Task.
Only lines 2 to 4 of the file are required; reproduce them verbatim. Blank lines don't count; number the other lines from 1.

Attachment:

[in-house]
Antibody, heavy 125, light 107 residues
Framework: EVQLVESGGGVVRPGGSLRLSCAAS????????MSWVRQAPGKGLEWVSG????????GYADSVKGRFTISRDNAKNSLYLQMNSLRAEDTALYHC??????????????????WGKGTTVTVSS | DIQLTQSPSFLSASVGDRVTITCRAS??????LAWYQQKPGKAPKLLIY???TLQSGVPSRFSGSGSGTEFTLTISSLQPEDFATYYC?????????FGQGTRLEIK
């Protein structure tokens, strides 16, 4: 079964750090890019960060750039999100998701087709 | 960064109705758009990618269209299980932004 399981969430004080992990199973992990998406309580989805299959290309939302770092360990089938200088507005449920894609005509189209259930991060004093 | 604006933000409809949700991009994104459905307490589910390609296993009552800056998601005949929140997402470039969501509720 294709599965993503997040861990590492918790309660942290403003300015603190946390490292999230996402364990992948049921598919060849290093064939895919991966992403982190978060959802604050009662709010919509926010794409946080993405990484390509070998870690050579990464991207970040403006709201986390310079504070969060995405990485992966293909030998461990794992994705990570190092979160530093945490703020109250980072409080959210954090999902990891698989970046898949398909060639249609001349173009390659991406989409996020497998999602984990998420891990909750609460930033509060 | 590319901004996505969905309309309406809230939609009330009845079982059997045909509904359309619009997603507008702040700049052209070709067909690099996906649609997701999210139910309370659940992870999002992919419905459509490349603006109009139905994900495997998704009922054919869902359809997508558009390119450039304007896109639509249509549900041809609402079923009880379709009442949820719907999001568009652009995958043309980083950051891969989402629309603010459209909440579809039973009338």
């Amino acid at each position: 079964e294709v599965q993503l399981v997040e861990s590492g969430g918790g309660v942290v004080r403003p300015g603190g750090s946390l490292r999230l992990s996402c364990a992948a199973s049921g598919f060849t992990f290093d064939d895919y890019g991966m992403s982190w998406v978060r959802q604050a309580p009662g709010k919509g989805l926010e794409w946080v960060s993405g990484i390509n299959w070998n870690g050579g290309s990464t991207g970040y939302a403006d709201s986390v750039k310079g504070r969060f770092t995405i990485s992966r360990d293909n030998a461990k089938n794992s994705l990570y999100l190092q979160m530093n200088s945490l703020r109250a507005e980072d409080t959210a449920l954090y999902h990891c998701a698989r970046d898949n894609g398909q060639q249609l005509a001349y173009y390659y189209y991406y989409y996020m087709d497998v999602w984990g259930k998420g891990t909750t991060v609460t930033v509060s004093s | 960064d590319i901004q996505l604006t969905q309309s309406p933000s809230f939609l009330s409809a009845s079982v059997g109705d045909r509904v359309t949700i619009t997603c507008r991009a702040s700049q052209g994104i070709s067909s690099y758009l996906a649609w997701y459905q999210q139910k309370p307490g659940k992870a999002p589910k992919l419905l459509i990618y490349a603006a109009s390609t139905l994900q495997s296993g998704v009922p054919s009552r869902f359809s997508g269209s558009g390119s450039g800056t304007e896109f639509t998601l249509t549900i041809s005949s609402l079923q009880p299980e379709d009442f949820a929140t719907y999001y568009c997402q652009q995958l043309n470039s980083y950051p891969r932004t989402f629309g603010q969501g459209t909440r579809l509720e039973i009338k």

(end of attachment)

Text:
Antibody, heavy 125, light 107 residues
Framework: EVQLVESGGGVVRPGGSLRLSCAAS????????MSWVRQAPGKGLEWVSG????????GYADSVKGRFTISRDNAKNSLYLQMNSLRAEDTALYHC??????????????????WGKGTTVTVSS | DIQLTQSPSFLSASVGDRVTITCRAS??????LAWYQQKPGKAPKLLIY???TLQSGVPSRFSGSGSGTEFTLTISSLQPEDFATYYC?????????FGQGTRLEIK
């Protein structure tokens, strides 16, 4: 079964750090890019960060750039999100998701087709 | 960064109705758009990618269209299980932004 399981969430004080992990199973992990998406309580989805299959290309939302770092360990089938200088507005449920894609005509189209259930991060004093 | 604006933000409809949700991009994104459905307490589910390609296993009552800056998601005949929140997402470039969501509720 294709599965993503997040861990590492918790309660942290403003300015603190946390490292999230996402364990992948049921598919060849290093064939895919991966992403982190978060959802604050009662709010919509926010794409946080993405990484390509070998870690050579990464991207970040403006709201986390310079504070969060995405990485992966293909030998461990794992994705990570190092979160530093945490703020109250980072409080959210954090999902990891698989970046898949398909060639249609001349173009390659991406989409996020497998999602984990998420891990909750609460930033509060 | 590319901004996505969905309309309406809230939609009330009845079982059997045909509904359309619009997603507008702040700049052209070709067909690099996906649609997701999210139910309370659940992870999002992919419905459509490349603006109009139905994900495997998704009922054919869902359809997508558009390119450039304007896109639509249509549900041809609402079923009880379709009442949820719907999001568009652009995958043309980083950051891969989402629309603010459209909440579809039973009338």